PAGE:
Includes original t.p.: The computer and invasion of privacy; hearings before a subcommittee of the Committee on Government Operations, House of Representatives, Eighty-ninth Congress, second session, July 26, 27, and 28, 1966. Washington, U.S. Govt. Prin . Off., 1966.
|LC Classifications||KF27 .G665 1966b|
|The Physical Object|
|Pagination||iv, 311 p.|
|Number of Pages||311|
|LC Control Number||67066205|
Christopher Reich's action filled novel delves into the realm of computer security, hacking, hybrid super computers, telecommunications and massive data acquisition. A master villain has the skill and control of all of these technologies to commit murder and acquire or destroy competing enterprises/5(). Endorsed on the back of the book by some of the best in the business (Brad Thor, Lee Child, David Baldacci, James Patterson, Clive Cussler, and Robert Crais), /5. Really enjoyed this second in the series - which is really the first in the series. Liked the storyline, characters, and the networking and computer references felt real/5. Parts of this book are definitely not for the faint of heart and the ending will have you screaming at your book, or kindle or computer or whatever you are reading this on. If you want a gritty thriller that could very well play out in the real world, this book delivers! Having read the free copy of 'Social Engineer' I bought the book /5().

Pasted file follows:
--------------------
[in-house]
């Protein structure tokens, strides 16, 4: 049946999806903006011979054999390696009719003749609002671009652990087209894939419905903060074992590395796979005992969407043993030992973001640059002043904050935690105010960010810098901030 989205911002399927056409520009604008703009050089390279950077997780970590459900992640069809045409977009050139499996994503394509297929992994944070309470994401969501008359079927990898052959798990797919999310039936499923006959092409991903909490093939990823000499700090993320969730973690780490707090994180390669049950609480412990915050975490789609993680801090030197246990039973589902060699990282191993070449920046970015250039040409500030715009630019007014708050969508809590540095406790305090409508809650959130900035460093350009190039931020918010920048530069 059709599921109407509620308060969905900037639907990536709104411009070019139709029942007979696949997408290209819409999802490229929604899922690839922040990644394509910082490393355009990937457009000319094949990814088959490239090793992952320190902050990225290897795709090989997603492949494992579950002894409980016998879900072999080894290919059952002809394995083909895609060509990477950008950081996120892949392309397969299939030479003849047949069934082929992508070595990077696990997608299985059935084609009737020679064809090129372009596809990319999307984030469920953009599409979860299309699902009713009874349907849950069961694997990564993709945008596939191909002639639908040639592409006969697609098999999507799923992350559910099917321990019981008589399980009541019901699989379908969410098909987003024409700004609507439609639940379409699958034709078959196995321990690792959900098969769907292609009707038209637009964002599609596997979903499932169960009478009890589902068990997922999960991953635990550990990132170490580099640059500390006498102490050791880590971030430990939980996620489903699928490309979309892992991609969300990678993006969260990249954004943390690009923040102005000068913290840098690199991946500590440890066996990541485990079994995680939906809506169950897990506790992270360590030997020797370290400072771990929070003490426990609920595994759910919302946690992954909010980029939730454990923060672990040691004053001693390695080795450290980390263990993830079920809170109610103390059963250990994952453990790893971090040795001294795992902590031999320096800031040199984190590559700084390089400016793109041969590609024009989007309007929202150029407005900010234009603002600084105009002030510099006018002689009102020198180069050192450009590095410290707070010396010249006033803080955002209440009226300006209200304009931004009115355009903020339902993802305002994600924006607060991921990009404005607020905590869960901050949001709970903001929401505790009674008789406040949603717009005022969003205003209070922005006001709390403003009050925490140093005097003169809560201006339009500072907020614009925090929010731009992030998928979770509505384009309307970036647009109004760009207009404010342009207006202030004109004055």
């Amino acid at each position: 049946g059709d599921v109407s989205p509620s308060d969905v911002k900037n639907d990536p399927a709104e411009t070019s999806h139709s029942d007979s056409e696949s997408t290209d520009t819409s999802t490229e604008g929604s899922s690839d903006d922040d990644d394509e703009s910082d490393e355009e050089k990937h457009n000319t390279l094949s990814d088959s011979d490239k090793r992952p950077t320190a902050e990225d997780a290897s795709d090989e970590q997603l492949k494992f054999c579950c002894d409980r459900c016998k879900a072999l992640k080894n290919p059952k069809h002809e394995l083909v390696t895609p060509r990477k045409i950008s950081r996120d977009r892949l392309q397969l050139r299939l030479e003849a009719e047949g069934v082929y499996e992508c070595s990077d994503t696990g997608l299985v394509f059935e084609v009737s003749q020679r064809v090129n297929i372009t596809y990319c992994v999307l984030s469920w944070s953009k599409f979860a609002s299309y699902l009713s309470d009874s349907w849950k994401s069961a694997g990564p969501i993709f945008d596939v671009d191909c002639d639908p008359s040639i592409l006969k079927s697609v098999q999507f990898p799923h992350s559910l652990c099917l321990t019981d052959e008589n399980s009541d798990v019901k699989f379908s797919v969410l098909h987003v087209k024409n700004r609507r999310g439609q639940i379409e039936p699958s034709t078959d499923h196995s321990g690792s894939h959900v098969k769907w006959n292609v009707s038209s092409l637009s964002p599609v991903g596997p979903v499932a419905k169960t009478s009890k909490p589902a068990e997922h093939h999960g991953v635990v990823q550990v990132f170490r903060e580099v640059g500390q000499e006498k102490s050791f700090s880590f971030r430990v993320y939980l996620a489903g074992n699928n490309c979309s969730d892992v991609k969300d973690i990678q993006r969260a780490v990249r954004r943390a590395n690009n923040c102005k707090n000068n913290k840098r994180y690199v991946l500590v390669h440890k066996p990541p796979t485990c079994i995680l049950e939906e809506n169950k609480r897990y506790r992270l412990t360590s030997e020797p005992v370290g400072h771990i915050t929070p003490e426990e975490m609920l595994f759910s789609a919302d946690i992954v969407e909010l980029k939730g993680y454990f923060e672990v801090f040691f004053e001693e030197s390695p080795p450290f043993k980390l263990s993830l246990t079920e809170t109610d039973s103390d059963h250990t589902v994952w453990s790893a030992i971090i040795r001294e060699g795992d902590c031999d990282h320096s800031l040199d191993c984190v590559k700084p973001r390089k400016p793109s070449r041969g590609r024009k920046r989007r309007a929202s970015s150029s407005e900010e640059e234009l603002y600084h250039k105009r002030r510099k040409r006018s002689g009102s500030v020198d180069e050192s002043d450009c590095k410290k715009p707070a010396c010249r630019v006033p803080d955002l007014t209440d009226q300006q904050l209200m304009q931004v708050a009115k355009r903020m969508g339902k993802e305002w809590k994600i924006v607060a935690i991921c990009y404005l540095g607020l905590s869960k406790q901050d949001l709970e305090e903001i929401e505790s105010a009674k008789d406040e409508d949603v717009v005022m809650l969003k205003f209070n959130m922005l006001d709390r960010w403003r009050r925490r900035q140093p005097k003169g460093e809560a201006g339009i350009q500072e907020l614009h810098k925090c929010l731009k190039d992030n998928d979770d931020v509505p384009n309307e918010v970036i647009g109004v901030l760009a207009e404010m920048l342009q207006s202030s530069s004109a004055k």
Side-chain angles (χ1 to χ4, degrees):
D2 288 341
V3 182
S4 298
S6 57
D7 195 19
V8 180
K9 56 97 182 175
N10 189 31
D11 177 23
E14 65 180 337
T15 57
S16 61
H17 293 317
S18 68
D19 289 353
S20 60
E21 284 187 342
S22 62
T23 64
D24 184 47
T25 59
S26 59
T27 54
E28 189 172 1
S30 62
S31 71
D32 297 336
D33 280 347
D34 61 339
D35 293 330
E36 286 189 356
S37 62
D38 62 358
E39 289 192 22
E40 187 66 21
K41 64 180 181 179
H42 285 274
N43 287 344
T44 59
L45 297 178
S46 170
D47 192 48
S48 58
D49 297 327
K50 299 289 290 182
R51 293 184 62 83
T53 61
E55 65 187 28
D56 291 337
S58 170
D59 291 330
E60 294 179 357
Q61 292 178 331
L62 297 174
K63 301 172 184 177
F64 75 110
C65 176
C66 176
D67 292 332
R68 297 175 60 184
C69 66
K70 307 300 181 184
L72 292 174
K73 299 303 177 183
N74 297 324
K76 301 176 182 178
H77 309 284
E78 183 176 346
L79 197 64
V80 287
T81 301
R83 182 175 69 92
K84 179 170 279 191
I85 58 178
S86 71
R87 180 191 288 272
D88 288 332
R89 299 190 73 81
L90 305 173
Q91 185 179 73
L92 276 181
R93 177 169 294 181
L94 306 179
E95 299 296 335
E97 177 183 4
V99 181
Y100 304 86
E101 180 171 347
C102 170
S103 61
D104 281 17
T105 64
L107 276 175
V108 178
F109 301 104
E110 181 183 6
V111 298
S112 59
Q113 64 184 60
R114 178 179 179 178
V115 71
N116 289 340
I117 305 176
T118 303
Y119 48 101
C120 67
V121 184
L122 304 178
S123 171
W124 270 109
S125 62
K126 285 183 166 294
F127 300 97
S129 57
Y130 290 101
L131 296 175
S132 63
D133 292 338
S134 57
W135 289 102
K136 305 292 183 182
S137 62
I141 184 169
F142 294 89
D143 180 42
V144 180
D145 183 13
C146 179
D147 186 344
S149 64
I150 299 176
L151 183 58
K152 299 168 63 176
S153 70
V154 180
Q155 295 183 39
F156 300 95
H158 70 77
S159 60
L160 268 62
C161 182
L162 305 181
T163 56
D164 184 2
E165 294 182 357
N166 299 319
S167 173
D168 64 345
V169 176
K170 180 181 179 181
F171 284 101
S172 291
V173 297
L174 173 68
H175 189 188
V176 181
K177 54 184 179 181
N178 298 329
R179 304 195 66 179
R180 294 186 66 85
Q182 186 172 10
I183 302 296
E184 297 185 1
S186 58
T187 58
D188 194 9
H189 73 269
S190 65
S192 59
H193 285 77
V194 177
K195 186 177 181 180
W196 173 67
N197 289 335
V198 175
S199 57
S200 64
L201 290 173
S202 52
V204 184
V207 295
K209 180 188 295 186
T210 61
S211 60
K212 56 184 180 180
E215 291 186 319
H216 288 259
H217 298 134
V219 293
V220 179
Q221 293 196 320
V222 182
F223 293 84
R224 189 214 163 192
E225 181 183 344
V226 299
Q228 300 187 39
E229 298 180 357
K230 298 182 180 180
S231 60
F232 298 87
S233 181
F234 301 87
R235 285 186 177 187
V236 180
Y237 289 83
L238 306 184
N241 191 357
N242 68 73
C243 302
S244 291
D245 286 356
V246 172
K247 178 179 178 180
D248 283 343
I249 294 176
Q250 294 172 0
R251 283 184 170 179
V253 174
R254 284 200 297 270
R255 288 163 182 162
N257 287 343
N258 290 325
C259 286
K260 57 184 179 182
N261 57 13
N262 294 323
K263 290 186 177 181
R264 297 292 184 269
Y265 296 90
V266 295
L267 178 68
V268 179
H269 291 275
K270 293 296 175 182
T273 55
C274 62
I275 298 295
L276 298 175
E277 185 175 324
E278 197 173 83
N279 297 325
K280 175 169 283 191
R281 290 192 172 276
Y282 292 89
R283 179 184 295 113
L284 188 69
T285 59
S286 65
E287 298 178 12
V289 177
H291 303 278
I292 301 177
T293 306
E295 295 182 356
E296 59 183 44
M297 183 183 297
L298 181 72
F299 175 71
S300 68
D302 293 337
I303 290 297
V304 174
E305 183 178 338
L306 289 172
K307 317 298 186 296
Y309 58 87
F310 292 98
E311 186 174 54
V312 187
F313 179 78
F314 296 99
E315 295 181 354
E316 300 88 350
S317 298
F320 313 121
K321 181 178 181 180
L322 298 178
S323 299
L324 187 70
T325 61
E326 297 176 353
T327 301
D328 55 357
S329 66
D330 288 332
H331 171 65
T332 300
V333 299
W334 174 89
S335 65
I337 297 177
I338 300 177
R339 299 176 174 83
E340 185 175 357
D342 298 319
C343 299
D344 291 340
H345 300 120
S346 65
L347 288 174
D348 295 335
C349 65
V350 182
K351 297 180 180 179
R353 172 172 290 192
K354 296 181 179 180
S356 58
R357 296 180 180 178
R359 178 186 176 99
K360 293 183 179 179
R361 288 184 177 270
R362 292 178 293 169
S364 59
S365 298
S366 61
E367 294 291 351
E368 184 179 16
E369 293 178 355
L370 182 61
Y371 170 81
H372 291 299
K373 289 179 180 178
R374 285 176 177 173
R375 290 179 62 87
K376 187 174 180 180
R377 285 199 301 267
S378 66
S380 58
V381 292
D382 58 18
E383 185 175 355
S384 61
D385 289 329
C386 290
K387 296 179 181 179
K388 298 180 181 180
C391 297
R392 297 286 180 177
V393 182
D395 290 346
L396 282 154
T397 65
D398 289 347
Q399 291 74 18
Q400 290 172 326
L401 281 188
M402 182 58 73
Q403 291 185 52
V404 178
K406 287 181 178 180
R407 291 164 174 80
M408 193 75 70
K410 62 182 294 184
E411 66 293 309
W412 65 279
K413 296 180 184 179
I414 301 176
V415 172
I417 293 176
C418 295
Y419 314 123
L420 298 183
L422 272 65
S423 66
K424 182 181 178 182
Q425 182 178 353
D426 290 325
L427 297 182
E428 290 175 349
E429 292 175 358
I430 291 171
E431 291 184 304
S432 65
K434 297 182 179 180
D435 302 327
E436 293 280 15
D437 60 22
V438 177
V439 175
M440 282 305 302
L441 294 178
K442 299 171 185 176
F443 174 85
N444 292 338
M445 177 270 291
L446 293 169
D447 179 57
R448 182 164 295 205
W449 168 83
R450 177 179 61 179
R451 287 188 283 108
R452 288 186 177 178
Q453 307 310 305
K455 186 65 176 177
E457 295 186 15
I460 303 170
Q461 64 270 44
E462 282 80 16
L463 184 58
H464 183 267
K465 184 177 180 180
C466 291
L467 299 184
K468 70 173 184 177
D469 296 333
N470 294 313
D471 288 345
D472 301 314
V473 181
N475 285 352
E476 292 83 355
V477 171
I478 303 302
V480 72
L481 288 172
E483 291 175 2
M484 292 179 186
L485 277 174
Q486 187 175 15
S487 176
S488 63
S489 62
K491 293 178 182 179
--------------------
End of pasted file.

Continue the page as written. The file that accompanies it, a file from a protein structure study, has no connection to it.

U.S. House Subcommittee hearings presided over by Rep. Cornelius Gallagher on computer capabilities, government computer use, and privacy concerns spurred by the Bureau of the Budget's proposal for a centralized National Data Center (aka in contemporary press as the "National Data Bank" and "Federal Data Center"). Computer invasion of privacy is a felony conviction. However, if a person or property was injured because of the invasion of privacy, the victim may sue to recover any damages sustained and the cost of the lawsuit. Damages can include loss of profits and any expense the victim had to pay because of the invasion of privacy. Courts often have found that when employees are on the job, their expectation of privacy is limited. 2. Computers and Workstations. Employers generally are allowed to monitor your activity on a workplace computer or workstation. Since the employer owns the computer network and the terminals, he or she is free to use them to monitor employees. Those privacy issues are now front and center. Facebook's loose handling of how its data was acquired by app developers has plunged the company into the biggest crisis of its year existence.
Any person who uses a computer or computer network with the intention of examining any employment, medical, salary, credit, or any other financial or personal data relating to any other person with knowledge that such examination is without authority shall be guilty of the crime of computer invasion of privacy. (d) Computer Forgery. Any person who creates, alters, or deletes any data contained in any computer or computer network. To minimize the invasion of privacy, organizations should: Answers: a. not delete data even when it is not needed. b. not modify data once it is entered into an information system. c. collect only the data that is necessary for the stated purpose. d. provide unlimited access to personal information to those who have authorization. The computer and invasion of privacy; hearings before a subcommittee of the Committee on Government Operations, House of Representatives, Eighty-ninth Congress, second session, J 27, Free day shipping within the U.S. when you order $ of eligible items sold or fulfilled by : Calvis Robinson, SaFiya D. Hoskins PhD.